Attrition: MiG Miseries Multiply

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December 18, 2019: Polish MiG-29 fighter aircraft have returned to flying after being grounded for about nine months. The grounding order came after three crashes in three years and before that 29 years of accident-free service. There did not appear to be any common cause for three crashes, one of which killed the pilot.

Poland bought its first MiG-29s from Russia in 1989, just before the collapse of the Soviet Union. A year before that all the communist governments of East Europe collapsed and as a result Poland acquired some second-hand MiG-29s from the former East German and Czechoslovak air forces. East Germany had reunited with West Germany and Czechoslovakia split in two (Czech Republic and Slovakia) and both were soon in NATO. While these MiG-29 users more than satisfied with the performance of these Russian aircraft, they soon discovered that the collapse of the Soviet Union had crippled the ability of Russia to supply quality spare parts for to keep the aircraft flying Moreover the Russians jacked up prices of those parts needed by NATO members and delivery times were not as prompt as for Western fighters. As Poland recently discovered, the biggest problem was age. By 2017, when the accidents began, Poland had 31 MiG-29s and had refurbished some of them. That was not enough.

Currently, only five Polish Mig-29s are certified to fly. The others are still being scrutinized. The nine month grounding also caused problems with MiG-29 pilots because fighter pilots have to go through a recertification process if they have not flown their aircraft for six months or more. That means as MiG-29’s are cleared for service it will be a few months before they will be doing anything but recertification flights for all the pilots.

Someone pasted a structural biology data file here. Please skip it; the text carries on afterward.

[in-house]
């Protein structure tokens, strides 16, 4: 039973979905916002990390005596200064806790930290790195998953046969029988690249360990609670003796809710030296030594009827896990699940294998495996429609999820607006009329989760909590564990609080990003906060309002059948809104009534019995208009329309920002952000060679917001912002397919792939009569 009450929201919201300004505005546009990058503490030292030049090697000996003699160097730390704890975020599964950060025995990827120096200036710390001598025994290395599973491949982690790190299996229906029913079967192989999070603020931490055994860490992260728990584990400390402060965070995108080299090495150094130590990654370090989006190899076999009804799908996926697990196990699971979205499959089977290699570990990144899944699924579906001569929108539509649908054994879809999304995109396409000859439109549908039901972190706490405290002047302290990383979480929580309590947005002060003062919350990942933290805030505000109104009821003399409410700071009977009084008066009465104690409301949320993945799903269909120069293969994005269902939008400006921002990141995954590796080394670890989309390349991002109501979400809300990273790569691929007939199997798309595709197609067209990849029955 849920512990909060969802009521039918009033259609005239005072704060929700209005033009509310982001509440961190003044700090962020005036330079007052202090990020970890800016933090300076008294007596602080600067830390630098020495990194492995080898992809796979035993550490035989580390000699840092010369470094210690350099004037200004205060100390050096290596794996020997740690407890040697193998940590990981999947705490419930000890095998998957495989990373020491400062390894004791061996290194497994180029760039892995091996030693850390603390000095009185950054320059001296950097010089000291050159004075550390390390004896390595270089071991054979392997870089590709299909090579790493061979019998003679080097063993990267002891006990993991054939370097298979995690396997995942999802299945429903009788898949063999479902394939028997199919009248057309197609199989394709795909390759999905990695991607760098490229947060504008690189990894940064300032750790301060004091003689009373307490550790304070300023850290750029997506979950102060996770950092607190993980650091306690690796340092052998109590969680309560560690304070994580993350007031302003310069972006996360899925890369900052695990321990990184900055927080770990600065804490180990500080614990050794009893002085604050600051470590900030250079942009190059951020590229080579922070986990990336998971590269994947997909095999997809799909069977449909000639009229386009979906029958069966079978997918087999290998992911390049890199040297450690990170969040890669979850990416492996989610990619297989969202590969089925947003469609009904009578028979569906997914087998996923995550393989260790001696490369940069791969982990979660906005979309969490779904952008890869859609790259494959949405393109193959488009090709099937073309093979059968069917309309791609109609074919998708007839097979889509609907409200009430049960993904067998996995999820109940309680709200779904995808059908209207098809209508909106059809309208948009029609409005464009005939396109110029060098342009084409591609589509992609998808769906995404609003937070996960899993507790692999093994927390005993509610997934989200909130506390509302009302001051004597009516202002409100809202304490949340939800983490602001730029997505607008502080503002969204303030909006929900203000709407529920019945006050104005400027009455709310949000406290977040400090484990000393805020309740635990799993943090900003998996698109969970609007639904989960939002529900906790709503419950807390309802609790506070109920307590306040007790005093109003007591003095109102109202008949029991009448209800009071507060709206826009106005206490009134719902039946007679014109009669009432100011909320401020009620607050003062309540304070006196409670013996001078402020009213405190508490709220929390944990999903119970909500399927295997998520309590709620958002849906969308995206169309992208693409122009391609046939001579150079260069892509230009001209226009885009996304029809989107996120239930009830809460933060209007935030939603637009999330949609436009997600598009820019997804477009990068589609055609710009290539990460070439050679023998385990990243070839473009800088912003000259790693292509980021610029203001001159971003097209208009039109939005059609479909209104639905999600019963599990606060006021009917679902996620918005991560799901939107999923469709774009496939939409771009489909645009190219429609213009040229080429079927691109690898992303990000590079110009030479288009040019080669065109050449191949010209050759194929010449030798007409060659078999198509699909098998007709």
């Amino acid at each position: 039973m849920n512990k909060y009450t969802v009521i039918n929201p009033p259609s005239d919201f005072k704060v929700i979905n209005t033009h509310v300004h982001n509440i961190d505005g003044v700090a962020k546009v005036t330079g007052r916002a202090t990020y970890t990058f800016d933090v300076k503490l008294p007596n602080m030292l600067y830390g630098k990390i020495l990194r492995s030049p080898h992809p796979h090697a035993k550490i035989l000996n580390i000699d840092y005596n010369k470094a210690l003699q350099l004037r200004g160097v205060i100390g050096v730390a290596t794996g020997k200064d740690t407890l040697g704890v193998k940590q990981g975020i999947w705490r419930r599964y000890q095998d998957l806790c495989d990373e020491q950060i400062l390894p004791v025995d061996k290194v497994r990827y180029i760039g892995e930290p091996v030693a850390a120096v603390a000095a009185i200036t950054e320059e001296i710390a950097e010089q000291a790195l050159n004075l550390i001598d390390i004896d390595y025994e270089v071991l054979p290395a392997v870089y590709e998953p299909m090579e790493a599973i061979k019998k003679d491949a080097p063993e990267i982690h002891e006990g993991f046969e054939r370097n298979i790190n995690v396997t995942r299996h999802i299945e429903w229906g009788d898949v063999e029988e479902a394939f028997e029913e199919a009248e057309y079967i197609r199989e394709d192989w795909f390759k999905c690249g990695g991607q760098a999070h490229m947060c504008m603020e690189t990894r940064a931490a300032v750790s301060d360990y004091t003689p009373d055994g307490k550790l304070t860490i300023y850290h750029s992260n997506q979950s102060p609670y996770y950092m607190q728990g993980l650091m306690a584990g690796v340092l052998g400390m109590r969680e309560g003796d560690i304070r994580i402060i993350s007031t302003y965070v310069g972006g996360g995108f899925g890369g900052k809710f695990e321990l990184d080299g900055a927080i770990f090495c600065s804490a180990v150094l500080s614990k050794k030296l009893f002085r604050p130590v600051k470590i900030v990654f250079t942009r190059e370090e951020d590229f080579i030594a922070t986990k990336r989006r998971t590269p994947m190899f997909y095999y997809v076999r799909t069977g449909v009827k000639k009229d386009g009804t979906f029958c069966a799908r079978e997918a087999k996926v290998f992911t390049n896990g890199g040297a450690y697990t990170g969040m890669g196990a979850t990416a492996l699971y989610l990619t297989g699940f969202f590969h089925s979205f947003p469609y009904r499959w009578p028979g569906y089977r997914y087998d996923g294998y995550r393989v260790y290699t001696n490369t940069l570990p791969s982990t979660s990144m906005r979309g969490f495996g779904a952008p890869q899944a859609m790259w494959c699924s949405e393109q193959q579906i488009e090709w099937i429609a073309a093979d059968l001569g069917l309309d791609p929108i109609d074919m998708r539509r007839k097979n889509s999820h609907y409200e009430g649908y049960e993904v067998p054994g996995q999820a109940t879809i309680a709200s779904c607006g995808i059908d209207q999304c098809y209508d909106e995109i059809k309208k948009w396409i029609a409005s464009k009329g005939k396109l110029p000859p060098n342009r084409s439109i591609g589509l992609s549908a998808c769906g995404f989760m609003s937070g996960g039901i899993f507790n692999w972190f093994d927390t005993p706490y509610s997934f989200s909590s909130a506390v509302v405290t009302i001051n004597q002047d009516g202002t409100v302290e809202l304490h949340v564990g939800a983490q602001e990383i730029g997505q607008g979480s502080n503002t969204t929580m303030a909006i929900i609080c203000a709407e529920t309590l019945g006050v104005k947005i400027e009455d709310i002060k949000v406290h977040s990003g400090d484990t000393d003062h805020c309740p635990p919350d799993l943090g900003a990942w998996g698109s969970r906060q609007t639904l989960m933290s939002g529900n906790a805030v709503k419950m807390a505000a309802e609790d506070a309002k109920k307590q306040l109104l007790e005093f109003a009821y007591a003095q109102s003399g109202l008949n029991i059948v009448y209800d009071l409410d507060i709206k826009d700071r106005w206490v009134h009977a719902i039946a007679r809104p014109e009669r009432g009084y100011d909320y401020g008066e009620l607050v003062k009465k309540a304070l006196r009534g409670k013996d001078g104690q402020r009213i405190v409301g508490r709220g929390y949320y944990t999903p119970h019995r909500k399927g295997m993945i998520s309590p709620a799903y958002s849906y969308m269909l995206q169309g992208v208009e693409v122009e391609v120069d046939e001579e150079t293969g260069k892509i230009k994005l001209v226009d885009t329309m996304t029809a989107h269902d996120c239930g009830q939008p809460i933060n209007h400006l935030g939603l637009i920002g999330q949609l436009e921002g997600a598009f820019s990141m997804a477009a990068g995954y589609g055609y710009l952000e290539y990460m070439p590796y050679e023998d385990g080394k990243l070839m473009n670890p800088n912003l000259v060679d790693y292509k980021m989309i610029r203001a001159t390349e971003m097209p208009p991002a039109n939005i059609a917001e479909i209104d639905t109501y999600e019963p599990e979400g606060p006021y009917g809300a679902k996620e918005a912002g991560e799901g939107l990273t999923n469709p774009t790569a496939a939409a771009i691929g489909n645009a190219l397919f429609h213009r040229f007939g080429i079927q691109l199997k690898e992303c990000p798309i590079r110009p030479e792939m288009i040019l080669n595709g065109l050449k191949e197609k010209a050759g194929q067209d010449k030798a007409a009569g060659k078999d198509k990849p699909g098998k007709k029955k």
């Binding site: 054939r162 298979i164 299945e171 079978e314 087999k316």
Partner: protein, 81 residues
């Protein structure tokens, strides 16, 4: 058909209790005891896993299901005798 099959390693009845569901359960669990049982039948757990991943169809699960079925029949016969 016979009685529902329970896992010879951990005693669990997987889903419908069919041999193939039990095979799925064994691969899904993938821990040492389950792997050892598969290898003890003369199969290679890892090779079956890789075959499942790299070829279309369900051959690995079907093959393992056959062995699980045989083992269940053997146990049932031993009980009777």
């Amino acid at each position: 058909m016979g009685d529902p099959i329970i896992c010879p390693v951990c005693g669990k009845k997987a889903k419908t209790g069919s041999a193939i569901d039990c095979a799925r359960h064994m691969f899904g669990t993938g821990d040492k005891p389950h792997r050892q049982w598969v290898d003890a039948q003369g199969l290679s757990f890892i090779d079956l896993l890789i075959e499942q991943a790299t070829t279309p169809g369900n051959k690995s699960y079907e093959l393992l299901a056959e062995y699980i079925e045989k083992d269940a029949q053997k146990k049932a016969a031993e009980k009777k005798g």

Poland is one of the last users of MiG-29s among the NATO member states. The Slovaks have adopted the latest model of the F-16, the Block, 70 while the Bulgarians have F-16s on order and until those arrive in 2023, have only a few MiG-29s and Su-25s still flying. The Czechs have been using 14 Swedish Gripen fighters since 2005 plus 14 armed L-159 trainers serving as attack aircraft. These are Czech products which have, for decades, been a major export.

A key problem with the MiG-29 is its RD -33 engines. These are less reliable and durable than Western engines and Russia quite blatantly overcharges for replacement parts. The MiG-29 is fine if you have sufficient and affordable spare parts but the Russian suppliers overcharge and deliver late. Even when you can get spare parts from Western suppliers there can still be problems. Such was the case with the 2018 crash that killed the pilot. That was caused by a faulty part in the Russian K-36DM ejection seat. A locally made replacement part had different characteristics than the original and that prevented the parachute from opening. Normally the Russian ejection seats tend to be as reliable as their Western counterparts. All fighters had been checked and the faulty part was replaced by new ones now made within specs.